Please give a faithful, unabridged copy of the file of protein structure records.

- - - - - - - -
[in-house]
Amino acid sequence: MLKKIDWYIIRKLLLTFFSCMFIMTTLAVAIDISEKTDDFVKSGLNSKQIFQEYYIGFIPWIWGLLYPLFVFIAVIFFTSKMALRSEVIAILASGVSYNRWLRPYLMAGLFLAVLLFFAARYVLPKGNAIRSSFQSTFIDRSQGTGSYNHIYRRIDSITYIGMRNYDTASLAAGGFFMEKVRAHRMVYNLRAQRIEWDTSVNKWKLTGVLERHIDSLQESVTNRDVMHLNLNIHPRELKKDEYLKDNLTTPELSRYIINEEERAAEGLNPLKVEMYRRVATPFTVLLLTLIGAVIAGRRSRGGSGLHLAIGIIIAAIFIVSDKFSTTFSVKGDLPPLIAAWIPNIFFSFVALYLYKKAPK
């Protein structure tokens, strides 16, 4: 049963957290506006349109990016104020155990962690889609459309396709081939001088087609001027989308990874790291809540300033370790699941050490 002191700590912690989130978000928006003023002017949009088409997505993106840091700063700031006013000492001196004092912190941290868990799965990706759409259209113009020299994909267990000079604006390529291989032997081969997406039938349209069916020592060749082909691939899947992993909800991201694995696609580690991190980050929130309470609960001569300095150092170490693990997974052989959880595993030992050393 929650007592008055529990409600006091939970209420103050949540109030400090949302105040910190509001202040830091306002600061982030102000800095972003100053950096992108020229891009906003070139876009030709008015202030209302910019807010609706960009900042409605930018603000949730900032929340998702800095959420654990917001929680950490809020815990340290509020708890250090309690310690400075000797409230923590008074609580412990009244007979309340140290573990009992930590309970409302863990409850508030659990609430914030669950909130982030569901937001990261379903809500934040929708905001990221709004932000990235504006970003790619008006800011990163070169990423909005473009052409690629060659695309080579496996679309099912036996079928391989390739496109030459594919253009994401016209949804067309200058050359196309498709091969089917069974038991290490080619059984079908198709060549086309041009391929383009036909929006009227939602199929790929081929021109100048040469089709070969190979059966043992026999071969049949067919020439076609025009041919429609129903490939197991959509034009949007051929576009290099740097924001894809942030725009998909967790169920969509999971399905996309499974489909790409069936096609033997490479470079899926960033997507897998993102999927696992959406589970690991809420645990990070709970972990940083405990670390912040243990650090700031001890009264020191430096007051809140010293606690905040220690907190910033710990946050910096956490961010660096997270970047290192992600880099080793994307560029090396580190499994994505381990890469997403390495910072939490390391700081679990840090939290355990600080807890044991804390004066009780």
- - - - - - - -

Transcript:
[in-house]
Amino acid sequence: MLKKIDWYIIRKLLLTFFSCMFIMTTLAVAIDISEKTDDFVKSGLNSKQIFQEYYIGFIPWIWGLLYPLFVFIAVIFFTSKMALRSEVIAILASGVSYNRWLRPYLMAGLFLAVLLFFAARYVLPKGNAIRSSFQSTFIDRSQGTGSYNHIYRRIDSITYIGMRNYDTASLAAGGFFMEKVRAHRMVYNLRAQRIEWDTSVNKWKLTGVLERHIDSLQESVTNRDVMHLNLNIHPRELKKDEYLKDNLTTPELSRYIINEEERAAEGLNPLKVEMYRRVATPFTVLLLTLIGAVIAGRRSRGGSGLHLAIGIIIAAIFIVSDKFSTTFSVKGDLPPLIAAWIPNIFFSFVALYLYKKAPK
């Protein structure tokens, strides 16, 4: 049963957290506006349109990016104020155990962690889609459309396709081939001088087609001027989308990874790291809540300033370790699941050490 002191700590912690989130978000928006003023002017949009088409997505993106840091700063700031006013000492001196004092912190941290868990799965990706759409259209113009020299994909267990000079604006390529291989032997081969997406039938349209069916020592060749082909691939899947992993909800991201694995696609580690991190980050929130309470609960001569300095150092170490693990997974052989959880595993030992050393 929650007592008055529990409600006091939970209420103050949540109030400090949302105040910190509001202040830091306002600061982030102000800095972003100053950096992108020229891009906003070139876009030709008015202030209302910019807010609706960009900042409605930018603000949730900032929340998702800095959420654990917001929680950490809020815990340290509020708890250090309690310690400075000797409230923590008074609580412990009244007979309340140290573990009992930590309970409302863990409850508030659990609430914030669950909130982030569901937001990261379903809500934040929708905001990221709004932000990235504006970003790619008006800011990163070169990423909005473009052409690629060659695309080579496996679309099912036996079928391989390739496109030459594919253009994401016209949804067309200058050359196309498709091969089917069974038991290490080619059984079908198709060549086309041009391929383009036909929006009227939602199929790929081929021109100048040469089709070969190979059966043992026999071969049949067919020439076609025009041919429609129903490939197991959509034009949007051929576009290099740097924001894809942030725009998909967790169920969509999971399905996309499974489909790409069936096609033997490479470079899926960033997507897998993102999927696992959406589970690991809420645990990070709970972990940083405990670390912040243990650090700031001890009264020191430096007051809140010293606690905040220690907190910033710990946050910096956490961010660096997270970047290192992600880099080793994307560029090396580190499994994505381990890469997403390495910072939490390391700081679990840090939290355990600080807890044991804390004066009780």